> are accelerating to know whether to use a greater or lesser than in the
> comparison to see if it has been reached or passed.
>
> I was wondering if there were a better way to do this?

You could also use an abs.
if (Math.abs(velX)<desiredVelocityX){
do some stuff
}

This is not identical to what you have, but when I wrote n-body
simulators, I found it best to first determine the velocity,
acceleration, and position for the next time step, then the code that
checked the state for completion. I would also add the verification
code that the next time step had the same energy as the step I had just
done, which kept me from using an inaccurate method. (Note: if you
compute potential and kinetic, but allow inelastic collisions, you can
often take the difference in energy, and track it as the thermal energy
of the colliding objects.)

Scott

--
Scott Ellsworth

Java and database consulting for the life sciences

Scott Ellsworth, Nov 14, 2005
8. ### Luc The PerverseGuest

"Scott Ellsworth" <> wrote in message
news:...
> In article <43780c9f\$0\$8304\$>,
> "Luc The Perverse" <> wrote:
>
>> First I check which way they
>> are accelerating to know whether to use a greater or lesser than in the
>> comparison to see if it has been reached or passed.
>>
>> I was wondering if there were a better way to do this?

>
> You could also use an abs.
> if (Math.abs(velX)<desiredVelocityX){
> do some stuff
> }

OMG duh!

I think this is the answer I was looking for.

> This is not identical to what you have, but when I wrote n-body
> simulators, I found it best to first determine the velocity,
> acceleration, and position for the next time step, then the code that
> checked the state for completion. I would also add the verification
> code that the next time step had the same energy as the step I had just
> done, which kept me from using an inaccurate method. (Note: if you
> compute potential and kinetic, but allow inelastic collisions, you can
> often take the difference in energy, and track it as the thermal energy
> of the colliding objects.)

I think you are overestimating the physics of my sprite engine

I am still trying to find an efficent method for detecting collisions at
all. I'm trying to avoid using anything with an N^2 efficiency. I know if
I defined areas as rectangles, I could so some funky stuff like a binary
search tree with a quick sorting algorithm, and then compare min and maxes
to find collisions, but only if the discrete unit of measure is adequately
small that an object cannot jump over another object.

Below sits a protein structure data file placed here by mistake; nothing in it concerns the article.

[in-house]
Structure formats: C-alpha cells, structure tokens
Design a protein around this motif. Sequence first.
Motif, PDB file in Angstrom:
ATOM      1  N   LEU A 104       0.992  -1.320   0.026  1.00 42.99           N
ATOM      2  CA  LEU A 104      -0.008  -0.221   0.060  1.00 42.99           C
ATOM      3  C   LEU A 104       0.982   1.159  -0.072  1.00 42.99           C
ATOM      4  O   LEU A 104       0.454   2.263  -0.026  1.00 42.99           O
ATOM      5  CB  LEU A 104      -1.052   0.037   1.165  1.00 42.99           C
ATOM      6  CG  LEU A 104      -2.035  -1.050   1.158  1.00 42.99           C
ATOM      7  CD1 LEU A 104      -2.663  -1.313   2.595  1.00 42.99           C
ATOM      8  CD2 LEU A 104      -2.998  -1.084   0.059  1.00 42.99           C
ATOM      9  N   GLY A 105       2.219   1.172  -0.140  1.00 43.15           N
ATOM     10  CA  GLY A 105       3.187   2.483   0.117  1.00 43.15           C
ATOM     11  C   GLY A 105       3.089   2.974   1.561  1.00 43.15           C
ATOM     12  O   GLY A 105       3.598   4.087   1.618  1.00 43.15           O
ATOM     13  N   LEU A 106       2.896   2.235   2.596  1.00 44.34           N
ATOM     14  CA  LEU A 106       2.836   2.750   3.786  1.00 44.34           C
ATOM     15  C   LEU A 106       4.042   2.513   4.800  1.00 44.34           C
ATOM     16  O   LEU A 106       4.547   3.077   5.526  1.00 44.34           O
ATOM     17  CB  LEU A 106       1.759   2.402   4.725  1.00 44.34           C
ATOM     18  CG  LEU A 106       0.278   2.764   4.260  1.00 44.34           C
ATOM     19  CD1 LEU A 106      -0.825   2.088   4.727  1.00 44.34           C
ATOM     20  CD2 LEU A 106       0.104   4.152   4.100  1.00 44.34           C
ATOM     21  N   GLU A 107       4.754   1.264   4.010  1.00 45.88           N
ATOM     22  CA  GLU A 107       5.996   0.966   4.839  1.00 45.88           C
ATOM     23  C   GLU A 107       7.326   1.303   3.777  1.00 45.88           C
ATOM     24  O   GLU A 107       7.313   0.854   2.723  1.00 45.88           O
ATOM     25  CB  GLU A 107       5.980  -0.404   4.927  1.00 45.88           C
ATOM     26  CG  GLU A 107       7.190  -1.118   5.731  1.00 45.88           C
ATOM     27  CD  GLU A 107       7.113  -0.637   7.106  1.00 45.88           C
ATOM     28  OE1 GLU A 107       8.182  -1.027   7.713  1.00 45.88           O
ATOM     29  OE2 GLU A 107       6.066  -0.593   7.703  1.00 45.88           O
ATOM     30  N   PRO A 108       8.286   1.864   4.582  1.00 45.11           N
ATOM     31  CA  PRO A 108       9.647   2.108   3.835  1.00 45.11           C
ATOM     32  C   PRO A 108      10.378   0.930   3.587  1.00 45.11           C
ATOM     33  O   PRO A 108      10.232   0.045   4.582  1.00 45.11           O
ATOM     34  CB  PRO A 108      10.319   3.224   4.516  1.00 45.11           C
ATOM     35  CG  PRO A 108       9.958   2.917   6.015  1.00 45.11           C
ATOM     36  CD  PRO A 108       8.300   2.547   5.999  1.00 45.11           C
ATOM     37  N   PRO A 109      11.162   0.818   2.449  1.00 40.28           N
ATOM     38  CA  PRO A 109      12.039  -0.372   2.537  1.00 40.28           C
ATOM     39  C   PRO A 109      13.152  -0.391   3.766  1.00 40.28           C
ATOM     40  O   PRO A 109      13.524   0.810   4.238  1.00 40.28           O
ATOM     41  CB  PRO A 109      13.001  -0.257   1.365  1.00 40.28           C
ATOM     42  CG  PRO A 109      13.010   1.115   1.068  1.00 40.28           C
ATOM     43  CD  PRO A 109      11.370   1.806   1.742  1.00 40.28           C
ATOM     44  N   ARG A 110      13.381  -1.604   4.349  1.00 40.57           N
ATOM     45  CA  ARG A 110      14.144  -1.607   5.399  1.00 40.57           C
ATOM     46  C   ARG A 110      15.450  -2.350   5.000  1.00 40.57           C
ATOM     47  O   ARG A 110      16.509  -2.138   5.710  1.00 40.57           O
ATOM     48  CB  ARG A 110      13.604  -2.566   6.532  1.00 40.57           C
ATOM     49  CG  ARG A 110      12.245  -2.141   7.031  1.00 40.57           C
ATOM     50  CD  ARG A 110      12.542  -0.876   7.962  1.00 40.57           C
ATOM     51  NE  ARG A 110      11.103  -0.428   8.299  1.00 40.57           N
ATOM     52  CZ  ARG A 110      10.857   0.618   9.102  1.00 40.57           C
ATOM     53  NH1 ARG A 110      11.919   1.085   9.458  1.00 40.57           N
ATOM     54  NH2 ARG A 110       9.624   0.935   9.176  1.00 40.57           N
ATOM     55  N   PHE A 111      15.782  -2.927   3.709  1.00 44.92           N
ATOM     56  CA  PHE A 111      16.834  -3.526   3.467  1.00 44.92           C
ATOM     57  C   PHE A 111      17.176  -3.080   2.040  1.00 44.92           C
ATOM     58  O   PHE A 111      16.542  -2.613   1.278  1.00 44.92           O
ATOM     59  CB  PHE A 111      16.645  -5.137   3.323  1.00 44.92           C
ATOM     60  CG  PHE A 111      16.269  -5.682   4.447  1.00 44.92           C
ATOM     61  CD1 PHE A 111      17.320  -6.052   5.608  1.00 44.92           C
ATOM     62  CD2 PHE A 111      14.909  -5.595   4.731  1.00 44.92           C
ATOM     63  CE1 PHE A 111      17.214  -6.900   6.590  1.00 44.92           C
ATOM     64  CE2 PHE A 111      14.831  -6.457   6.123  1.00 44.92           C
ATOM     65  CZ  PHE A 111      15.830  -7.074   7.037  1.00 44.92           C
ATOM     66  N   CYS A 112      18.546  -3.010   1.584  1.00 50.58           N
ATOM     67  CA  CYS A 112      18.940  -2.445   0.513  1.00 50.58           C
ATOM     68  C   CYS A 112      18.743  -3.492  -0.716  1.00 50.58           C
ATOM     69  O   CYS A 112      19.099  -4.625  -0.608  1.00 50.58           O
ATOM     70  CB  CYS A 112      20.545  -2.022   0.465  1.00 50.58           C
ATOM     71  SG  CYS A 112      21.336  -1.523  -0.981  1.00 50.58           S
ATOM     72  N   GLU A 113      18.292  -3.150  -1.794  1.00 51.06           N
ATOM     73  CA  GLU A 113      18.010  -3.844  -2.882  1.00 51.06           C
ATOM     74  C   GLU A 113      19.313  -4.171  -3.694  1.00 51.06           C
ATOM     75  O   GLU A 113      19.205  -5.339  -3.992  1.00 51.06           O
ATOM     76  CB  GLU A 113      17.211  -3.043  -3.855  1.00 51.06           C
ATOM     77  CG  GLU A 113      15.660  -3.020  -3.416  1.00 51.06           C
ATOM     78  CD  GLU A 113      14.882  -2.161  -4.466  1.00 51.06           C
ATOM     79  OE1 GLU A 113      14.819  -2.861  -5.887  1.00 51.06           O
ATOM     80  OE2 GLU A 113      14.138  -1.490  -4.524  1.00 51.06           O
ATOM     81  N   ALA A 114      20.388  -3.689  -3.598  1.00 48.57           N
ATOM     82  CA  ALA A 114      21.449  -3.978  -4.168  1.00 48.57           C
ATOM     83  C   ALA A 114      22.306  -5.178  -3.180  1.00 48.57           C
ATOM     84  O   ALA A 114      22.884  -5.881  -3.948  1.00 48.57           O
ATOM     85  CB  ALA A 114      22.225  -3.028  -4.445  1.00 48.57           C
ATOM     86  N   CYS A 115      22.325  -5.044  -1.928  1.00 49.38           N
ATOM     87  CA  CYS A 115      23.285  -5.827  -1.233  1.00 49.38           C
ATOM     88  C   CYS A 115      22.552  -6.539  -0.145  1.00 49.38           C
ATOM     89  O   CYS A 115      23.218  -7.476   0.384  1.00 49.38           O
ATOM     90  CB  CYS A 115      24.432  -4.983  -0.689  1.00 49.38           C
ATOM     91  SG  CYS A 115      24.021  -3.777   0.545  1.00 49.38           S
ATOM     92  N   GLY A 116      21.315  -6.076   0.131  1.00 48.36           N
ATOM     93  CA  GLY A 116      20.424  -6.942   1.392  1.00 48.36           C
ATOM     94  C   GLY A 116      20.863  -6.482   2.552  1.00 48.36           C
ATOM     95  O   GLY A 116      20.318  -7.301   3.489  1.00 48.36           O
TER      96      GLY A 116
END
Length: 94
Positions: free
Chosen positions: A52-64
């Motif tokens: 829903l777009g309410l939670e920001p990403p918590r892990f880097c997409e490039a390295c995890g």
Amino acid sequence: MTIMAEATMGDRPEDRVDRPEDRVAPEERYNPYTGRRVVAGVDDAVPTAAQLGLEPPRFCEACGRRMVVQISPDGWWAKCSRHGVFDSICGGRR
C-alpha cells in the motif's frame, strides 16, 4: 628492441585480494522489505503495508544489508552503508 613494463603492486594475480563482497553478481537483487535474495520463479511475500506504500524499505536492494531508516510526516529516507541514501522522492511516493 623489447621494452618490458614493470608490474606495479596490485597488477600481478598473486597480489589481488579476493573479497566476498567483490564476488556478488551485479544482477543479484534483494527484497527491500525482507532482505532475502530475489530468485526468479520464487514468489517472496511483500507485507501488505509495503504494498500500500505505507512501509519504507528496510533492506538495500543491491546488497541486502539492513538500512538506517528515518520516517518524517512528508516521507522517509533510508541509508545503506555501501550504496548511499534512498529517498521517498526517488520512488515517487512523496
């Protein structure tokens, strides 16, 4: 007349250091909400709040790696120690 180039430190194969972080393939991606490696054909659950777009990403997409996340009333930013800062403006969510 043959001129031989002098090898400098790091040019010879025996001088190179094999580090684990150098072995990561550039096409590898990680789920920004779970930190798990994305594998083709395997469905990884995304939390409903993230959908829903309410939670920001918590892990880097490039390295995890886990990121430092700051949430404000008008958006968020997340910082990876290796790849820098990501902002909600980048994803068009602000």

I'm thinking what I really need to do is have collision areas made with true
polygons, focusing on triangles and rectangles, and then stretch them
through 3 space (time) for each discrete movement, and look for the lowest Z
(time) value intersections in the planes and then recalculate with the
smaller time interval to calculate the position to enact an inelastic
collision.

My dilemma is, I don't know if all of that is necessary for a game. I can
reasonably assume that collision capible sprites, NPCs, PCs and Projectiles
will all be updated on a regular enough interval that there will be no
missed bullets. Forgive the pun, but I like my algorithms to be bullet
proof

But as far as storing thermal energy, I don't know about that.
Conservation of energy in a simulated environment is not exactly a priority
AFAIC. Anyways, by definition, isn't all energy conserved kinetically in an
inelastic collision? (Or do I have it backwards?)

--
LTP

Luc The Perverse, Nov 15, 2005
9. ### Roedy GreenGuest

On Mon, 14 Nov 2005 13:38:42 -0700, "Luc The Perverse"
<> wrote, quoted or indirectly
quoted someone who said :

>What capitalizing the first letter the only thing I did wrong?

see http://mindprod.com/jgloss/codingconventions.html
--
http://mindprod.com Java custom programming, consulting and coaching.

Roedy Green, Nov 15, 2005
10. ### Roedy GreenGuest

On Mon, 14 Nov 2005 19:45:55 -0700, "Luc The Perverse"
<> wrote, quoted or indirectly
quoted someone who said :

>> You could also use an abs.
>> if (Math.abs(velX)<desiredVelocityX){
>> do some stuff
>> }

>
>OMG duh!
>
>I think this is the answer I was looking for.

definitely better than my ternary operator solution. It reduces even
more redundancy.
--
http://mindprod.com Java custom programming, consulting and coaching.

Roedy Green, Nov 15, 2005
11. ### Luc The PerverseGuest

"Roedy Green" <> wrote in
message news...
> On Mon, 14 Nov 2005 19:45:55 -0700, "Luc The Perverse"
> <> wrote, quoted or indirectly
> quoted someone who said :
>
>>> You could also use an abs.
>>> if (Math.abs(velX)<desiredVelocityX){
>>> do some stuff
>>> }

>>
>>OMG duh!
>>
>>I think this is the answer I was looking for.

>
> definitely better than my ternary operator solution. It reduces even
> more redundancy.

Well . . assuming you are speeding up (I was actually trying to
implement it when I had this realization.)

It looks like there is no way to get away with just one simple comparison.

Although I think I am doing this the wrong way.

I think I need an abstract class called Movement with derived classes like
Walk and Stop which can be linked with hotkeys.

The real problem I have is that I am trying to make one part of the code do
too much

--
LTP

Luc The Perverse, Nov 15, 2005
12. ### Scott EllsworthGuest

In article <43794c70\$0\$8260\$>,
"Luc The Perverse" <> wrote:

> "Scott Ellsworth" <> wrote in message
> news:...
> > In article <43780c9f\$0\$8304\$>,
> > "Luc The Perverse" <> wrote:
> >
> >> First I check which way they
> >> are accelerating to know whether to use a greater or lesser than in the
> >> comparison to see if it has been reached or passed.
> >>
> >> I was wondering if there were a better way to do this?

> >
> > You could also use an abs.
> > if (Math.abs(velX)<desiredVelocityX){
> > do some stuff
> > }

>
> OMG duh!
>
> I think this is the answer I was looking for.

Cool - glad I could help.

> > This is not identical to what you have, but when I wrote n-body
> > simulators, I found it best to first determine the velocity,
> > acceleration, and position for the next time step, then the code that
> > checked the state for completion. I would also add the verification
> > code that the next time step had the same energy as the step I had just
> > done, which kept me from using an inaccurate method. (Note: if you